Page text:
Product Review: 2011 Topps Allen & Ginter

Wait a minute. Something doesn’t look right. Isn’t Allen & Ginter a baseball set? Aren’t I reading a football card blog? Did banks get tired of buying each other and opt to start buying and merging sports card blogs? I’m confused.

The answer to those burning questions would be: Yes. Yes. Not yet. So to clarify, I will remind you all that I already posted a disclaimer about this one. I got caught up in the moment and bought a box of baseball cards. I wasn’t able to enter Gint-a-Cuffs III, so I figured I might as well do a box break review. This is that review.

2011 Topps Allen and Ginter box
The Box – Click for Detail

Hobby boxes come with 24 8-card packs for a total of 192 cards. I got this box from Dave and Adam’s Card World for $82, which translates into a reasonable $0.43/card ratio. Allen & Ginter is a rare breed. It appeals to set collectors with its large base set, short prints, and variants, but it also appeals to hit collectors (though certainly not as much as a super high end set) with its red ink autos and DNA relics. So $0.43 is just about right: low enough for set collectors to buy in bulk but not so low that it thwarts all mojo collectors.

2011 Topps Allen & Ginter pack
If you get around Blogland, you’ve seen this olde tyme guy a lot by now…

The Breakdown:
Base Cards
   Total: 127 (3 duplicates)
   Rookie Cards: 13
   Short Prints: 12
Minis
   Base Minis: 6
   A&G Ad Back: 6
   Black Border Parallels: 3
   Portraits of Penultimacy: 2
   World’s Most Mysterious Figures: 1
   Animals in Peril: 2
   Step Right Up: 2
   Uninvited Guests: 2
Inserts
   Hometown Heroes: 18
   Floating Fortresses: 3
   Baseball Highlight Sketches: 4
   Minds That Made the Future: 3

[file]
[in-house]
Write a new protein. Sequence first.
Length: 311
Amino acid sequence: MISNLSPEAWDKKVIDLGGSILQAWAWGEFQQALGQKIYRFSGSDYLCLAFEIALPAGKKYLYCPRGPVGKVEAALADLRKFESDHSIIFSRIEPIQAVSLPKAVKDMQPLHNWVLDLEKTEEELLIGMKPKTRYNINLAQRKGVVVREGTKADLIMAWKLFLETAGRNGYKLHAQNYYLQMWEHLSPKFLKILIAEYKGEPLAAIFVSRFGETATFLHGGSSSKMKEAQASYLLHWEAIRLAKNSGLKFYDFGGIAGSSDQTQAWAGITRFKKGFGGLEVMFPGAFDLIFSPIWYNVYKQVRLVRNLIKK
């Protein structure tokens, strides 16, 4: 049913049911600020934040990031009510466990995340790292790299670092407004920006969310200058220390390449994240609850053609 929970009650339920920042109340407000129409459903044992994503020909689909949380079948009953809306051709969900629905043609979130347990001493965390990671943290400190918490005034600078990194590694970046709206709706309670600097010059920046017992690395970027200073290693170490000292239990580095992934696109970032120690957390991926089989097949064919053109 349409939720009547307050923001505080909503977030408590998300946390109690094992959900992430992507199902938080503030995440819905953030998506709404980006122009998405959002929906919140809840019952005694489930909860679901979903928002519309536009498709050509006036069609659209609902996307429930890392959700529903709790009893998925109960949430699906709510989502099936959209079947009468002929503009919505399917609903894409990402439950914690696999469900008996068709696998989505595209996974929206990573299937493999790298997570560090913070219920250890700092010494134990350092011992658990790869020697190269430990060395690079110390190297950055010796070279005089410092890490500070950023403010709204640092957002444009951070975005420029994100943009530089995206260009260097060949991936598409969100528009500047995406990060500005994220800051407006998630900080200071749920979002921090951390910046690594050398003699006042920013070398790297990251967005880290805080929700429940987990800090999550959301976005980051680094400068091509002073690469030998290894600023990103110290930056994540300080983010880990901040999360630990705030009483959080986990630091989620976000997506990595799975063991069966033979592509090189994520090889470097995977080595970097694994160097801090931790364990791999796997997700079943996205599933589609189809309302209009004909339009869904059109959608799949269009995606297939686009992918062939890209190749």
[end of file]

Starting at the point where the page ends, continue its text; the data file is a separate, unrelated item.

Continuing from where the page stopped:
The Ascent of Man: 4
   Base Code Card Parallels: 3
   N43 Box Loader: 1
Hits
   A&G Captured Mini Relics: 3

2011 Topps Allen & Ginter2011 Topps Allen & Ginter
2011 Topps Allen & Ginter
Click each image for a full-sized scan

FIRST AND GOAL’S FOUR DOWNS:
1st Down, Design: I love it. Other folks have mentioned they don’t particularly care for the A&G design this year and that it’s slowly been going downhill over the past few years. This is my first real look at A&G, so I guess I haven’t been jaded by even better sets, because I really like this design. The painted feel of the photos is great and the overall design is very clean. I also really like the logo placement and what Topps did for the non-MLB base cards. I do admit the player name placement could be better. The last names just sorta hang out there. One thing I’m not a fan of is the horizontal cards. They just seem awkward and don’t fit the feel of the set as well, especially the ones that have an action shot. The card backs are interesting. Maybe A&G has always done this, but I was amused by the lack of any graphics and having all statistics in word form.